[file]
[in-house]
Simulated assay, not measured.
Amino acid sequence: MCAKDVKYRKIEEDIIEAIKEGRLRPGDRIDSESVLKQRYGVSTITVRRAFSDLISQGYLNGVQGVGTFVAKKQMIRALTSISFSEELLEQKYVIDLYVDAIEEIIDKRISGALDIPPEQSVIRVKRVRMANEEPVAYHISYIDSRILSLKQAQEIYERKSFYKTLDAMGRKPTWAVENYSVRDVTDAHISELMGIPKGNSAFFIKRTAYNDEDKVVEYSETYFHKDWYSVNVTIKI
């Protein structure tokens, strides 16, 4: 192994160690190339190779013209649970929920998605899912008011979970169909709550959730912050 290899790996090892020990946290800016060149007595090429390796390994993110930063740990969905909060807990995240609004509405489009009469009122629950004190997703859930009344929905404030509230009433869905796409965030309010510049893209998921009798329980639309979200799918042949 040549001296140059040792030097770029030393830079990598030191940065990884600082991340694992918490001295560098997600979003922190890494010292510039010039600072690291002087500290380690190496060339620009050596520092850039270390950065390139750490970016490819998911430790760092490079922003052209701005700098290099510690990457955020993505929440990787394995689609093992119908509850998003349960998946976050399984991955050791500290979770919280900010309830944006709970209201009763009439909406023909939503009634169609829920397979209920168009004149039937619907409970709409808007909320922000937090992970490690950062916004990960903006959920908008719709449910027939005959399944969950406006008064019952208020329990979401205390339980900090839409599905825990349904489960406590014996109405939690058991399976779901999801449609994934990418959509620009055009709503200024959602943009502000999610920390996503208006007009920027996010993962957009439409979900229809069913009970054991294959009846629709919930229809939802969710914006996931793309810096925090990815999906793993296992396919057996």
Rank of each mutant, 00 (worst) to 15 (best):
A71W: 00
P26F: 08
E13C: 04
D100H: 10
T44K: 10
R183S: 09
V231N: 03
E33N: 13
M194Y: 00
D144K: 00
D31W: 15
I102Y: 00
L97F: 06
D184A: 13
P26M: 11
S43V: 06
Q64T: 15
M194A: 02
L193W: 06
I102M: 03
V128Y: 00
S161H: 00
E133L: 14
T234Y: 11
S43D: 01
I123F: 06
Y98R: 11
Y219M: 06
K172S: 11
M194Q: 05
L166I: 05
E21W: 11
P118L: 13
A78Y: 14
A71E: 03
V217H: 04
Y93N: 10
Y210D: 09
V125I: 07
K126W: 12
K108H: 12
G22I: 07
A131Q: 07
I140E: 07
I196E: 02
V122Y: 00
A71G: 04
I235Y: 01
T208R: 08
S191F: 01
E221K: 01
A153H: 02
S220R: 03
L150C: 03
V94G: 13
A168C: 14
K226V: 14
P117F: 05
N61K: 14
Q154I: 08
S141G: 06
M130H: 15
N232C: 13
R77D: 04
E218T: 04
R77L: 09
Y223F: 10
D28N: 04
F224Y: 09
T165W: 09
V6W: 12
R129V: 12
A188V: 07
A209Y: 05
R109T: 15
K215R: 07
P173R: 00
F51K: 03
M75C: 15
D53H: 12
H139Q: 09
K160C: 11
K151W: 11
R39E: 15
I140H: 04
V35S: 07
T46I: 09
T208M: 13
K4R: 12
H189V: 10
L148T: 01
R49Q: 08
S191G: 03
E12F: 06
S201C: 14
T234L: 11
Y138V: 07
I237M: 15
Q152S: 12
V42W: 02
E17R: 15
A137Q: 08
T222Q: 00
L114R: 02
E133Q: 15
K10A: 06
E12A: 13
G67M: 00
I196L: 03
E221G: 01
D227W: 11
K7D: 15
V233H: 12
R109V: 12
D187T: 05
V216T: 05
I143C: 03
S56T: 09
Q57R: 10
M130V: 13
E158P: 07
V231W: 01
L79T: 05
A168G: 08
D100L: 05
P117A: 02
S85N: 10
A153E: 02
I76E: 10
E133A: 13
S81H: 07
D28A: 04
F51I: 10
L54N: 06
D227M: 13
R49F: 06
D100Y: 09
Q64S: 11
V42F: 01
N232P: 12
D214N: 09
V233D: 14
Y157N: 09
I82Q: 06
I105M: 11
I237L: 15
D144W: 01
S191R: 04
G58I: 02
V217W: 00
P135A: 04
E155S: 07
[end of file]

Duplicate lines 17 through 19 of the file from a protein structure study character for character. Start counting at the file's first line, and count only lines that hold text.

I102Y: 00
L97F: 06
D184A: 13